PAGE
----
Comet Hale Bopp's Elegant Neckline

Comet Hale-Bopp, which provided sensational viewing in the northern hemisphere last year, is again attracting attention as it recedes from the inner Solar System.
In early January 1998, the Earth passed through the plane of the comet's orbit (the flat slice of space in which Hale-Bopp moves). Dust particles ejected from the comet during its passage around the Sun accumulate in this plane, suggesting that a thin, flat dust-cloud might be seen faintly by scattered sunlight as the Earth passes through it.
A group of Italian astronomers, led by Marco Fulle (Trieste) and Gabriele Cremonese (Padua), predicted the appearance of a bright line, or spike (Neck-Line) in addition to Hale-Bopp's normal tail. Observations of the Neck-Line will provide important data on the comet's structure and activity.

The Italian astronomers requested the Anglo-Australian Observatory to photograph the event using its UK Schmidt Telescope near Coonabarabran in New South Wales. In making their request, they pointed out that this was the only instrument in the world capable of producing the deep, wide-field images required.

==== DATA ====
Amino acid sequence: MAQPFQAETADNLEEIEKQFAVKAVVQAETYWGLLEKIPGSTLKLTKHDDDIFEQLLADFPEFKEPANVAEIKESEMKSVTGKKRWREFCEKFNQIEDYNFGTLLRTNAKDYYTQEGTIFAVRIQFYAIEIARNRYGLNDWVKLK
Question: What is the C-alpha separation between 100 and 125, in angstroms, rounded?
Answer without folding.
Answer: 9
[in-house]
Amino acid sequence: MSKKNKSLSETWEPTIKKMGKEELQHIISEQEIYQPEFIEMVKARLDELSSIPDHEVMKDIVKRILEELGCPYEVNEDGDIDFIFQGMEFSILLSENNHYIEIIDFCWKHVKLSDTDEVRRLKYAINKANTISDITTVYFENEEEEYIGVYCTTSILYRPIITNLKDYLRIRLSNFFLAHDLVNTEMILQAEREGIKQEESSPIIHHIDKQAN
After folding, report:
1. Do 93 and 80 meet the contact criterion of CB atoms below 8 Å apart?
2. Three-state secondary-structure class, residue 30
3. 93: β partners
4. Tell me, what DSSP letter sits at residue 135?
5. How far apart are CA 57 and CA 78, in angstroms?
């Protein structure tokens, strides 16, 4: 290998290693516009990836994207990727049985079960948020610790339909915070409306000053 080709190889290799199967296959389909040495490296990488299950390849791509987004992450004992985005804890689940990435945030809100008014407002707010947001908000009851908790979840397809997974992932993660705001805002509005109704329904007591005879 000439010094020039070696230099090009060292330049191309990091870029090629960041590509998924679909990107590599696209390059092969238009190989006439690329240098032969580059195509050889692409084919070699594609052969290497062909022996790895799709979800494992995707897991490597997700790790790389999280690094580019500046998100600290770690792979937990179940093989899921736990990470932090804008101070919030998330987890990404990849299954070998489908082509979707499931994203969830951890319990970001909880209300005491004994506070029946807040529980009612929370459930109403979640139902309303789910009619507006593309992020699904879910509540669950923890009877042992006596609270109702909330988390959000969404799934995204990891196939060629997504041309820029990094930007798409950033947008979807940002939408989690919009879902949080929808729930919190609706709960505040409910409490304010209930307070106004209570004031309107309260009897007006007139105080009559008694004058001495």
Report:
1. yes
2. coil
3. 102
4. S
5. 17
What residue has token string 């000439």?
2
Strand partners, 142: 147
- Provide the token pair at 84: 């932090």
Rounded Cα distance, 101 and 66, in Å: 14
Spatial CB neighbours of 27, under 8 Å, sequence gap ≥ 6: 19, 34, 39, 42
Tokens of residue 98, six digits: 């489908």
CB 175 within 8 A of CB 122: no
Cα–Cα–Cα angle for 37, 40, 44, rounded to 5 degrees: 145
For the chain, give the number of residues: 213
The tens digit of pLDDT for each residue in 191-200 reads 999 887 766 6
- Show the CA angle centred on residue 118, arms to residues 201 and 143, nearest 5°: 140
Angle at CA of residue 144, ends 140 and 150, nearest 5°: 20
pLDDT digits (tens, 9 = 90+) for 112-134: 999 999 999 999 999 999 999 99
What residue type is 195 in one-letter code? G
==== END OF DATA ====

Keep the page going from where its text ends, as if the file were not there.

During the first week in January, three wide-angle photographs of comet Hale-Bopp were obtained. At the time, the comet's distance was almost 600 million kilometres. All three photographs show a well-developed Neck-Line structure, and one of them, taken on the night of January 2/3, is shown here.
The slender Neck-Line, in reality composed of dust and small stones, seems to pierce the heart of the comet and its tail---although most of the material visible in the Neck-Line actually lies between Earth and the comet.
The three photographs will be sent to Italy for analysis, and it is expected that they will reveal much about dust ejection and dust/gas interaction in Comet Hale-Bopp.

These observations have significant implications for our understanding of comets in general. Images may be viewed at